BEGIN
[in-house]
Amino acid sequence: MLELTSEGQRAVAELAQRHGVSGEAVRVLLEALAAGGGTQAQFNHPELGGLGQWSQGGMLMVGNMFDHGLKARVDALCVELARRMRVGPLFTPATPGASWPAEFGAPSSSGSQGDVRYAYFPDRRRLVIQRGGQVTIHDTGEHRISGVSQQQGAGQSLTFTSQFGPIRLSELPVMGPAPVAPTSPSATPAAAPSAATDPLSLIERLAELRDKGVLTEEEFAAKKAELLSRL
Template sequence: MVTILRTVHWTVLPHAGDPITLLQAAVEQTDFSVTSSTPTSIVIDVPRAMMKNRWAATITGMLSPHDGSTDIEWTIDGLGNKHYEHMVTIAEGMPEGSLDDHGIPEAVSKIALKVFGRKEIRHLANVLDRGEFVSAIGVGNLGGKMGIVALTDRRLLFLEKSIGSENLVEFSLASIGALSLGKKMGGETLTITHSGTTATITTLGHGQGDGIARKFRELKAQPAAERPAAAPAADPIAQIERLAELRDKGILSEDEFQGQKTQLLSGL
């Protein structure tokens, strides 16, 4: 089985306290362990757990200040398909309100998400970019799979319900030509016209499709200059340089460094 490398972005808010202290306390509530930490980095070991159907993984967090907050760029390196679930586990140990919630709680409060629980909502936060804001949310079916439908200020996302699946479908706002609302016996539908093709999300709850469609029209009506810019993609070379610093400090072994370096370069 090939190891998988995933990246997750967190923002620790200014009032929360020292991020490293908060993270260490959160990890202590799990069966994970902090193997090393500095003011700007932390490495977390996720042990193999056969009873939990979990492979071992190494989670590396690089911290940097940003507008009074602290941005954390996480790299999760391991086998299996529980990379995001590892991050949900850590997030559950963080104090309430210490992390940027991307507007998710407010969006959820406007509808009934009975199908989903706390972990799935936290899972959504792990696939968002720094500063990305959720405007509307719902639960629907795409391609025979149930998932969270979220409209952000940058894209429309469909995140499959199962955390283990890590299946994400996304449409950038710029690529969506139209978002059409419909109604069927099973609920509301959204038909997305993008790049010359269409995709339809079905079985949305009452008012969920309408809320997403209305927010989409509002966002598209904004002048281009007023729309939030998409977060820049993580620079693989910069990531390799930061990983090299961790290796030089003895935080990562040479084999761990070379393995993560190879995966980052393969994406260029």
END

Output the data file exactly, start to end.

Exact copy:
[in-house]
Amino acid sequence: MLELTSEGQRAVAELAQRHGVSGEAVRVLLEALAAGGGTQAQFNHPELGGLGQWSQGGMLMVGNMFDHGLKARVDALCVELARRMRVGPLFTPATPGASWPAEFGAPSSSGSQGDVRYAYFPDRRRLVIQRGGQVTIHDTGEHRISGVSQQQGAGQSLTFTSQFGPIRLSELPVMGPAPVAPTSPSATPAAAPSAATDPLSLIERLAELRDKGVLTEEEFAAKKAELLSRL
Template sequence: MVTILRTVHWTVLPHAGDPITLLQAAVEQTDFSVTSSTPTSIVIDVPRAMMKNRWAATITGMLSPHDGSTDIEWTIDGLGNKHYEHMVTIAEGMPEGSLDDHGIPEAVSKIALKVFGRKEIRHLANVLDRGEFVSAIGVGNLGGKMGIVALTDRRLLFLEKSIGSENLVEFSLASIGALSLGKKMGGETLTITHSGTTATITTLGHGQGDGIARKFRELKAQPAAERPAAAPAADPIAQIERLAELRDKGILSEDEFQGQKTQLLSGL
């Protein structure tokens, strides 16, 4: 089985306290362990757990200040398909309100998400970019799979319900030509016209499709200059340089460094 490398972005808010202290306390509530930490980095070991159907993984967090907050760029390196679930586990140990919630709680409060629980909502936060804001949310079916439908200020996302699946479908706002609302016996539908093709999300709850469609029209009506810019993609070379610093400090072994370096370069 090939190891998988995933990246997750967190923002620790200014009032929360020292991020490293908060993270260490959160990890202590799990069966994970902090193997090393500095003011700007932390490495977390996720042990193999056969009873939990979990492979071992190494989670590396690089911290940097940003507008009074602290941005954390996480790299999760391991086998299996529980990379995001590892991050949900850590997030559950963080104090309430210490992390940027991307507007998710407010969006959820406007509808009934009975199908989903706390972990799935936290899972959504792990696939968002720094500063990305959720405007509307719902639960629907795409391609025979149930998932969270979220409209952000940058894209429309469909995140499959199962955390283990890590299946994400996304449409950038710029690529969506139209978002059409419909109604069927099973609920509301959204038909997305993008790049010359269409995709339809079905079985949305009452008012969920309408809320997403209305927010989409509002966002598209904004002048281009007023729309939030998409977060820049993580620079693989910069990531390799930061990983090299961790290796030089003895935080990562040479084999761990070379393995993560190879995966980052393969994406260029």